5. Where do you get your retail inspiration from?

A guy called Sam Walton, who was a founder of Walmart. He said you should pay your staff a bonus. We read that in 1997, and we introduced a bonus system. In the first year after we introduced it our profits went down and our share price halved, but we have done well since. He also said the best ideas come from the shop floors, and to listen to what customers and staff are saying. I try to call on never less than 10 pubs a week, and spend two days a week in our pubs.

6. The beer mats have been a big talking point; do you think the pub is the right environment for propaganda?

If you’re running a business then it’s legitimate to speak out. And I don’t think people should be frightened of debate. If we can have a debate in the pubs, I don’t see that it should do any harm.

7. Is the pub model sustainable? How do businesses need to change?

I think they are sustainable, but it’s very difficult for pubs and restaurants with the current tax system. The key for me is tax. If the country wants pubs and restaurants to survive… it has to tax them on the same basis as supermarkets. But almost no-one in the pub or restaurant trade has campaigned vigorously for that outcome. I haven’t been able to get the support of the industry. If we had it, we’d have lower taxes by now. But a lot of people, especially running the bigger pub and restaurant industry suffer from CBA [can’t be arsed].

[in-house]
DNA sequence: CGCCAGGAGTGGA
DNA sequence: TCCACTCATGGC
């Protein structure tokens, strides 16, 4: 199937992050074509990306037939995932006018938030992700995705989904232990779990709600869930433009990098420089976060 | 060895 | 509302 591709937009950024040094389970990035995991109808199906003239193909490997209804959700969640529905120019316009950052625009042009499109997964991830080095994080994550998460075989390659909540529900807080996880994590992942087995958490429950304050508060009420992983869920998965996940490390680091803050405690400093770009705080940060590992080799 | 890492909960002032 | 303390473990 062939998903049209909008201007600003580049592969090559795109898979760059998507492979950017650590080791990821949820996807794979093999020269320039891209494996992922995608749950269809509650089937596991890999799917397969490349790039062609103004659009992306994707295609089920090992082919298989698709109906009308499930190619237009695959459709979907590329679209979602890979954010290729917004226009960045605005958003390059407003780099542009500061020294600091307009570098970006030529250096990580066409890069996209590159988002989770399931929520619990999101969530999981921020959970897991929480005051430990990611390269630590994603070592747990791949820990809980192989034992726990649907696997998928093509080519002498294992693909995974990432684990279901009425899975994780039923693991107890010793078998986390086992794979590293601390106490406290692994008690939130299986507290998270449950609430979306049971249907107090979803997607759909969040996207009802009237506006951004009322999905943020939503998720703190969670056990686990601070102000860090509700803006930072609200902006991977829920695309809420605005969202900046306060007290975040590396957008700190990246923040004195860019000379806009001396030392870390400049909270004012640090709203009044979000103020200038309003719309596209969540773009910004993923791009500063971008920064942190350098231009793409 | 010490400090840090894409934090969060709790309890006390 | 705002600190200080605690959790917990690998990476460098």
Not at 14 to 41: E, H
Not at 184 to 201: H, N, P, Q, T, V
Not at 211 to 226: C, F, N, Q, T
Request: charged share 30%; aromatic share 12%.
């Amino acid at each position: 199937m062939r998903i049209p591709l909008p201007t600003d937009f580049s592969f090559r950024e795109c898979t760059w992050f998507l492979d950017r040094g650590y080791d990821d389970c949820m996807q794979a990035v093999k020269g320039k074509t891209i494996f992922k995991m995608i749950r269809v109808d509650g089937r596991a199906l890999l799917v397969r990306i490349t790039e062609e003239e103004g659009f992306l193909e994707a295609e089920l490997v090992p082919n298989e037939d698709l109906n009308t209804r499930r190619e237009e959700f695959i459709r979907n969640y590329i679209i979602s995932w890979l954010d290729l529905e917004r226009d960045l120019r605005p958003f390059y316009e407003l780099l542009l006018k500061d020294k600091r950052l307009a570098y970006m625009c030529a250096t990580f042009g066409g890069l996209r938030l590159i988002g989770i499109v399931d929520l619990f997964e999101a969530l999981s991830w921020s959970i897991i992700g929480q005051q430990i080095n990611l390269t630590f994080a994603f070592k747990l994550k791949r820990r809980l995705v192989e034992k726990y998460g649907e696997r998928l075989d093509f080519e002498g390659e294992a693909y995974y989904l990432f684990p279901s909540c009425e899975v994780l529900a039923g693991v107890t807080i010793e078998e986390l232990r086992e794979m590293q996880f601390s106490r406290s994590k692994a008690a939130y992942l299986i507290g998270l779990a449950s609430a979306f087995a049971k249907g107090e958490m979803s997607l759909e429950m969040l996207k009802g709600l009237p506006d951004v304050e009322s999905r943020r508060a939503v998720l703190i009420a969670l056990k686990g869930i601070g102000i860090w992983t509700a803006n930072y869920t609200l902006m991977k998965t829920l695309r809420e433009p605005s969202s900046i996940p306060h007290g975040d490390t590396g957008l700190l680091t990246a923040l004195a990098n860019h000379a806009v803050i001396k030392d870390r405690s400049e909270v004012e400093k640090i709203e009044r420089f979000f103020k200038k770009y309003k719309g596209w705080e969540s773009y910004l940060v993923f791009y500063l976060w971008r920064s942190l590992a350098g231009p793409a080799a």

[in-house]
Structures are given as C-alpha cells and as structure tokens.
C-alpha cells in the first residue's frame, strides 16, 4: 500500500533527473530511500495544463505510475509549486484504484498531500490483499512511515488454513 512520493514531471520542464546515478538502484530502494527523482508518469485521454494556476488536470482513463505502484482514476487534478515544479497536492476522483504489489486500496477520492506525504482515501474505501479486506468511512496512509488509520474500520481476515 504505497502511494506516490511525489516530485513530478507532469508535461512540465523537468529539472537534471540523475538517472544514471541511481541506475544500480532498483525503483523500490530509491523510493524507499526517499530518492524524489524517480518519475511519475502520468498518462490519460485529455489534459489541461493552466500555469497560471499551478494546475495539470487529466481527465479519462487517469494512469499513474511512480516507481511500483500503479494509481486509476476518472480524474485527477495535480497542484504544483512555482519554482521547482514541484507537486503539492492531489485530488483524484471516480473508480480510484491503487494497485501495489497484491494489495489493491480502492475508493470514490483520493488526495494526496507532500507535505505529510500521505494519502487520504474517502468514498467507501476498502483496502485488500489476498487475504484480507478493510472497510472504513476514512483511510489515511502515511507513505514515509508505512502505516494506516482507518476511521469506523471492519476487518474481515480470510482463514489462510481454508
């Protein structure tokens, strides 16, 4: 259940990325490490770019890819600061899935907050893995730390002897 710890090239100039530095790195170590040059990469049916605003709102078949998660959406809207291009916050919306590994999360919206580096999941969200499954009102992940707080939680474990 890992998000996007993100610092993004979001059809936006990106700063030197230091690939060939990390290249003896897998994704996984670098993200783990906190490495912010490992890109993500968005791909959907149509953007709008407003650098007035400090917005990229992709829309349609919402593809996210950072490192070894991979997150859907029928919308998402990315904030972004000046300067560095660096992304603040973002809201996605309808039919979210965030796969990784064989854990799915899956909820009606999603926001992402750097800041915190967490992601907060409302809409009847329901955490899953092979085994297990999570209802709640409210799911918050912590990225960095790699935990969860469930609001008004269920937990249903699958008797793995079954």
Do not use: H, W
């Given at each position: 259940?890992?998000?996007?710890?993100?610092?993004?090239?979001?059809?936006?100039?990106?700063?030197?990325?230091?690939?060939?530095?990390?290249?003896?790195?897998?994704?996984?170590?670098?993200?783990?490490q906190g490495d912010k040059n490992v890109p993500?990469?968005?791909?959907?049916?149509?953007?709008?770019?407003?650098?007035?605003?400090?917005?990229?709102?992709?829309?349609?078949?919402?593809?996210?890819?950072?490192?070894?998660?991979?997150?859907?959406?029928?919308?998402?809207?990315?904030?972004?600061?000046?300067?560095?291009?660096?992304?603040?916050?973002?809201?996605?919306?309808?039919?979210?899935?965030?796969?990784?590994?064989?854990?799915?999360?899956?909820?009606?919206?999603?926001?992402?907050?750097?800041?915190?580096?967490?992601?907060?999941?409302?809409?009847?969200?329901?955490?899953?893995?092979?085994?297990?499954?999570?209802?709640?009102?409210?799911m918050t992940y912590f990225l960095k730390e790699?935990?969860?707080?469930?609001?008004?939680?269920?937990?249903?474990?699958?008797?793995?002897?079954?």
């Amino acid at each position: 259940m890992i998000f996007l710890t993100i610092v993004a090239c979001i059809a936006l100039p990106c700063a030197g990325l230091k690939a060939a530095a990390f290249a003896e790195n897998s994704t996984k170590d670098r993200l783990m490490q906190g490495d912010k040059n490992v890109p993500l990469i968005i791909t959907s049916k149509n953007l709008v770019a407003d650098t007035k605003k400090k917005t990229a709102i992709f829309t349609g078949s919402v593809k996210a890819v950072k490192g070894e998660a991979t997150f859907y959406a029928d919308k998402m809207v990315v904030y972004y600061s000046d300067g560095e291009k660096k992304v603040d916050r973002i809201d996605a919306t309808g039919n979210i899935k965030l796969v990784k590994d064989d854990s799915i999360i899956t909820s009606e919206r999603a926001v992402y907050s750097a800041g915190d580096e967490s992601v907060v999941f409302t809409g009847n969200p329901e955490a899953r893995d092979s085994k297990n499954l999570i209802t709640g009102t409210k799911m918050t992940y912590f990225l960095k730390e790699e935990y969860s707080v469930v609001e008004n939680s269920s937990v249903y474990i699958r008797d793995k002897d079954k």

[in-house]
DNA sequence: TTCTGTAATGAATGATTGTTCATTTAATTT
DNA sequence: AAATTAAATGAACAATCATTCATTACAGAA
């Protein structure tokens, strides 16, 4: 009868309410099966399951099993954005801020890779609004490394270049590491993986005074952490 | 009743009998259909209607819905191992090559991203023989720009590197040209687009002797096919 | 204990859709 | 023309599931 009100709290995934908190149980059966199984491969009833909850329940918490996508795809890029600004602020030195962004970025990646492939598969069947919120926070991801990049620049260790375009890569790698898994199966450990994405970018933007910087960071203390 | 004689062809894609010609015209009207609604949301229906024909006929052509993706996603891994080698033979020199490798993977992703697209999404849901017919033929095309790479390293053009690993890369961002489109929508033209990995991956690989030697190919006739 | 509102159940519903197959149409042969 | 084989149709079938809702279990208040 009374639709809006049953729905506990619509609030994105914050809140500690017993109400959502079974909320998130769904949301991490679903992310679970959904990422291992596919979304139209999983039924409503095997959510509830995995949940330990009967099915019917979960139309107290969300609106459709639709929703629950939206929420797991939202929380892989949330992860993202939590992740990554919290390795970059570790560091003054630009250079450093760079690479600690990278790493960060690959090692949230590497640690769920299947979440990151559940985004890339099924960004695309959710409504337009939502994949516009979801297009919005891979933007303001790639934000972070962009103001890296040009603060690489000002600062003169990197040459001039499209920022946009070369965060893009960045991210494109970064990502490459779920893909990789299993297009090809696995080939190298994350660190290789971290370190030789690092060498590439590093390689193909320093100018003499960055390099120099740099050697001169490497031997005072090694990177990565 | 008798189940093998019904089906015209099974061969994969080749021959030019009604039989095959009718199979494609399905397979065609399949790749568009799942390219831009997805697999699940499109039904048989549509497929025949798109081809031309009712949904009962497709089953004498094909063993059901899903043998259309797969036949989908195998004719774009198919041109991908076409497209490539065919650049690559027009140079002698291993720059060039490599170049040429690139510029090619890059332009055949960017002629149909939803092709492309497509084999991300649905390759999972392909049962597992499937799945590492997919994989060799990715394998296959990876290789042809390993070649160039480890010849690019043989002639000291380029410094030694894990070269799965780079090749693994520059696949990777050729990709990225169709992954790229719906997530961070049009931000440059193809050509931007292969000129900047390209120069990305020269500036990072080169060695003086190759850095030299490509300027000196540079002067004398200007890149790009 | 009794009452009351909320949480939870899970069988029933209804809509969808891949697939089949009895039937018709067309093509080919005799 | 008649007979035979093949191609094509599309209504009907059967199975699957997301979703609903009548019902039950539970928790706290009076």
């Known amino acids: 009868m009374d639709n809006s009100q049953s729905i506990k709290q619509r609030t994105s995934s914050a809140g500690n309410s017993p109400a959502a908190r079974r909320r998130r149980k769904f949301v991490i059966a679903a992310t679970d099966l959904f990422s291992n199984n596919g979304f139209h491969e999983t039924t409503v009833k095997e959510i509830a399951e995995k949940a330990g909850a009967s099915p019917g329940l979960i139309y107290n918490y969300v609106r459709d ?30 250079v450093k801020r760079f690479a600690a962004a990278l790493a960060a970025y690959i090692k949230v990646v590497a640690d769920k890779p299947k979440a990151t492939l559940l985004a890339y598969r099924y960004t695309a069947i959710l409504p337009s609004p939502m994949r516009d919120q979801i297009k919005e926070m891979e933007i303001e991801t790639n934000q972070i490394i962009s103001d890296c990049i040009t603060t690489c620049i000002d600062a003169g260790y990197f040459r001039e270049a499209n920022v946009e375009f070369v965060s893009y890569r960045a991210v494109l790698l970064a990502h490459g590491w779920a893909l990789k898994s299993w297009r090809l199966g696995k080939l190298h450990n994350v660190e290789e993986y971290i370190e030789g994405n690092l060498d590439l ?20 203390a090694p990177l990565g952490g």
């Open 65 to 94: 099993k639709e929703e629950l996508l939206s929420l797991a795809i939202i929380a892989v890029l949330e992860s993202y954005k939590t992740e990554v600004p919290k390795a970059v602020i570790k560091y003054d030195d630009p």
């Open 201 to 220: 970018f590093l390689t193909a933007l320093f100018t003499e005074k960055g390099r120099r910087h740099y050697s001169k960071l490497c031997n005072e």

8. What is the biggest threat to the pub industry?

I think pubs have been quite heavily challenged by social media. When I was at school and university and for some years after that, if you wanted to socialise you had to get out of the house and see people and the main place that people met up was the pub. But now people can socialise online in their own home. But I think tax, and regulations that put up the cost of selling a pint in a pub versus a supermarket are the biggest danger.

9. Is it fair on drinks producers and other hospitality businesses to charge such low prices?

I think our prices are lower than pubs and restaurants. But they’re much higher than supermarkets, painful though it is to admit that. I think that really it is a level playing field between us and other pubs. If you look at our margins, they’re half that of a Greene King or Mitchells & Butlers. So, I think it’s a principle of the market. If you prefer a quick sixpence to a slow shilling, then it’s fair.

10. Which is your favourite Wetherspoons carpet?

Funnily enough, I am not someone who has ever looked at carpets. I’ve been found out. Who knew they had such a fanbase? Life is very strange.

About Author

Claire Dodd

As a freelance journalist, Claire has written about pretty much any topic you can imagine, from which are the best sausages, to how to flood-proof your home. However, her writing on drinks began when she landed a job as a features writer for the Publican magazine in 2007. Adjusting to a lifestyle of sampling the best drinks from around the world was tough, but someone had to do it. Having left the title in 2011, today Claire focuses on drinks and travel writing for both consumer and trade titles. Aside from searching the globe for the best drinks, and the nicest spots to consume them, she also judges global brewing competitions and keeps an eye on the business moves of the on-trade.